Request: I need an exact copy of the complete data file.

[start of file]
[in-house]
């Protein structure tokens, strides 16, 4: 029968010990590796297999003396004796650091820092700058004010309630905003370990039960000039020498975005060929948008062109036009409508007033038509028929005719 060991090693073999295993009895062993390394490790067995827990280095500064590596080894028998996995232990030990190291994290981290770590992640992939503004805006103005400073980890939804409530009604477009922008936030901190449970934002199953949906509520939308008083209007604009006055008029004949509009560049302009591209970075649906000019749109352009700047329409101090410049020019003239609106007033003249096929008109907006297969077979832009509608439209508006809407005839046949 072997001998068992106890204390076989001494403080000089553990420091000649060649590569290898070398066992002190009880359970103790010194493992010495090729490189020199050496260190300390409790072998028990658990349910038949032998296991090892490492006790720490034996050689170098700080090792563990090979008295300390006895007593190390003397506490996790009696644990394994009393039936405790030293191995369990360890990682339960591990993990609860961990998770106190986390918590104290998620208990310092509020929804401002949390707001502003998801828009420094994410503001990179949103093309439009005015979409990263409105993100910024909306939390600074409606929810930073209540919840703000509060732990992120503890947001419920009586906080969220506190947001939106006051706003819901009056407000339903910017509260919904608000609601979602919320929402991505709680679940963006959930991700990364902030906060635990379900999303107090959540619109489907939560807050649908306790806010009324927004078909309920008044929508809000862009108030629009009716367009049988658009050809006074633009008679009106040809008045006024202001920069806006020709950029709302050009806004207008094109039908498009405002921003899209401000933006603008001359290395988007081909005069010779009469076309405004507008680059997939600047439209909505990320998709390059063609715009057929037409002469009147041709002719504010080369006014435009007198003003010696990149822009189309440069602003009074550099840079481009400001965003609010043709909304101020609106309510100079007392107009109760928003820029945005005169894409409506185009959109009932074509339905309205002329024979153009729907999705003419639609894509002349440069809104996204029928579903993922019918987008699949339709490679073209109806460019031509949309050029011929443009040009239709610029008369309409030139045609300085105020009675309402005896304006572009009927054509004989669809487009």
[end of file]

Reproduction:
[in-house]
């Protein structure tokens, strides 16, 4: 029968010990590796297999003396004796650091820092700058004010309630905003370990039960000039020498975005060929948008062109036009409508007033038509028929005719 060991090693073999295993009895062993390394490790067995827990280095500064590596080894028998996995232990030990190291994290981290770590992640992939503004805006103005400073980890939804409530009604477009922008936030901190449970934002199953949906509520939308008083209007604009006055008029004949509009560049302009591209970075649906000019749109352009700047329409101090410049020019003239609106007033003249096929008109907006297969077979832009509608439209508006809407005839046949 072997001998068992106890204390076989001494403080000089553990420091000649060649590569290898070398066992002190009880359970103790010194493992010495090729490189020199050496260190300390409790072998028990658990349910038949032998296991090892490492006790720490034996050689170098700080090792563990090979008295300390006895007593190390003397506490996790009696644990394994009393039936405790030293191995369990360890990682339960591990993990609860961990998770106190986390918590104290998620208990310092509020929804401002949390707001502003998801828009420094994410503001990179949103093309439009005015979409990263409105993100910024909306939390600074409606929810930073209540919840703000509060732990992120503890947001419920009586906080969220506190947001939106006051706003819901009056407000339903910017509260919904608000609601979602919320929402991505709680679940963006959930991700990364902030906060635990379900999303107090959540619109489907939560807050649908306790806010009324927004078909309920008044929508809000862009108030629009009716367009049988658009050809006074633009008679009106040809008045006024202001920069806006020709950029709302050009806004207008094109039908498009405002921003899209401000933006603008001359290395988007081909005069010779009469076309405004507008680059997939600047439209909505990320998709390059063609715009057929037409002469009147041709002719504010080369006014435009007198003003010696990149822009189309440069602003009074550099840079481009400001965003609010043709909304101020609106309510100079007392107009109760928003820029945005005169894409409506185009959109009932074509339905309205002329024979153009729907999705003419639609894509002349440069809104996204029928579903993922019918987008699949339709490679073209109806460019031509949309050029011929443009040009239709610029008369309409030139045609300085105020009675309402005896304006572009009927054509004989669809487009």